DA: Prison employee supplied contraband to escaped convicts
(AP) -- A prison employee being questioned about her suspected role in the escape of two killers provided them with contraband before they cut their way out of the maximum-security institution, a prosecutor said Friday.
District Attorney Andrew Wylie would not specify the prohibited items that Joyce Mitchell allegedly supplied but said they weren't the power tools that David Sweat and Richard Matt used to break out last weekend.
Contraband behind bars can include such things as cellphones, weapons, drugs, tools and unauthorized clothing.
Wylie said authorities are "learning more and more information each day from her as far as establishing a timeline on how this process occurred and what her involvement was."
Mitchell, an instructor at the prison tailor shop, where the two convicts worked, has not been charged.
A son told NBC earlier this week that she would not have helped the inmates escape and that she checked herself into a hospital with chest pains Saturday, the day the breakout was discovered.
The district attorney said he is considering two charges against Mitchell: accessory to escape and promoting prison contraband.
On Thursday, a person close to the investigation said that Mitchell had befriended the two men and agreed to be the getaway driver but never showed up. The person was not authorized to discuss the case and spoke on condition of anonymity.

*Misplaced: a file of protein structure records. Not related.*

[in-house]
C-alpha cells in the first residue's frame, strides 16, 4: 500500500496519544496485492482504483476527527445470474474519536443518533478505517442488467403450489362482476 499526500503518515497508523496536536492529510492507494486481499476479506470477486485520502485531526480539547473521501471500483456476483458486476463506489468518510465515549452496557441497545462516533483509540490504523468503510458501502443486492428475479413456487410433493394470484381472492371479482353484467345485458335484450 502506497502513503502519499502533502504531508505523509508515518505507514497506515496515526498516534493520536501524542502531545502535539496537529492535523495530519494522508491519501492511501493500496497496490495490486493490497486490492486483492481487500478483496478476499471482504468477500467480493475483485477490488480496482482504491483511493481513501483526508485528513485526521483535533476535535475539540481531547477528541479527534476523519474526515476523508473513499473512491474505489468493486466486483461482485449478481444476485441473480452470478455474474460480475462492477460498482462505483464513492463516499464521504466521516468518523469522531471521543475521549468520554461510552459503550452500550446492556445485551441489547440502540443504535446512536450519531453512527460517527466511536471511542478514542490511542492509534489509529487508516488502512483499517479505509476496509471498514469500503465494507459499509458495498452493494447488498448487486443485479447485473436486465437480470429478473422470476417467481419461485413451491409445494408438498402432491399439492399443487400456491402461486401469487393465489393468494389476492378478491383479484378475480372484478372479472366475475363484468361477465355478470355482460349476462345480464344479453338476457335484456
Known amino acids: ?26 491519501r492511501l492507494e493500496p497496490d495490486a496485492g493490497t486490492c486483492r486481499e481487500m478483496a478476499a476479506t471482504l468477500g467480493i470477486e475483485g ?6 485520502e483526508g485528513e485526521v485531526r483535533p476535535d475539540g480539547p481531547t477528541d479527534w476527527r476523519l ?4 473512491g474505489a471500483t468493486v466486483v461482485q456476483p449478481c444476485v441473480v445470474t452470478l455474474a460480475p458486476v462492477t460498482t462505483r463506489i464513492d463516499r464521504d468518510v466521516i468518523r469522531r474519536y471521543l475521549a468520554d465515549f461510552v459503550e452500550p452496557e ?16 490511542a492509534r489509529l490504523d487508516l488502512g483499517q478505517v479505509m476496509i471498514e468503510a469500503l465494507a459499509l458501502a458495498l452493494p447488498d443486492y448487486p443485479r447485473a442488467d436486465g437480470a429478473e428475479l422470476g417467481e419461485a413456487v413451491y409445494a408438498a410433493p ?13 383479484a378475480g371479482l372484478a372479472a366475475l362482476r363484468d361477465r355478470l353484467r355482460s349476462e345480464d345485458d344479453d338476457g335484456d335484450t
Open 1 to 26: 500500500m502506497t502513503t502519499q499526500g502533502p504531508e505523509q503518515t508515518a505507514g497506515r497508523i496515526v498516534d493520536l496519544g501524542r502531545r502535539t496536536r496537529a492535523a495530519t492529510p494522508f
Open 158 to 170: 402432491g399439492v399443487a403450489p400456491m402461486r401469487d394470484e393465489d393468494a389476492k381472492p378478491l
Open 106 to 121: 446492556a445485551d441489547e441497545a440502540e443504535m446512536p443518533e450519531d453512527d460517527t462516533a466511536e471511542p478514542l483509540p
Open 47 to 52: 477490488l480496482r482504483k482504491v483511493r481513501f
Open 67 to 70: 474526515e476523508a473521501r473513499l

Sweat, 34, and Matt, 48, cut through steel and bricks and crawled through a steam pipe, emerging from a manhole outside the 40-foot walls of the Clinton Correctional Facility in Dannemora, about 20 miles south of the Canadian border.
About 500 state, federal and local law enforcement officers Friday began a seventh day of trying to track down the convicts, with search teams slogging up to their knees through swamps and streams swarming with bloodsucking insects. Schools and the main road into Dannemora were closed for a second day.
Gov. Andrew Cuomo said Thursday that investigators are "talking to several people who may have facilitated the escape." He warned that the law will come down hard on any prison system employee who crosses the line.
"If you do it, you will be convicted, and then you'll be on the other side of the prison that you've been policing, and that is not a pleasant place to be," the governor said.
A longtime neighbor was stunned by the suspicions swirling around Mitchell.
"I just can't believe she'd do something so stupid," neighbor Sharon Currier said. She said Mitchell is "not somebody who's off the wall."
She said Mitchell is a former town tax collector in Dickinson, a community near Dannemora. Skilled at sewing, she has worked for at least five years at the prison, where her husband is also employed, Currier said.
Virtanen reported from Albany. Associated Press writers Jennifer Peltz and Lejla Sarcevic in New York and Chris Carola in Albany contributed to this report.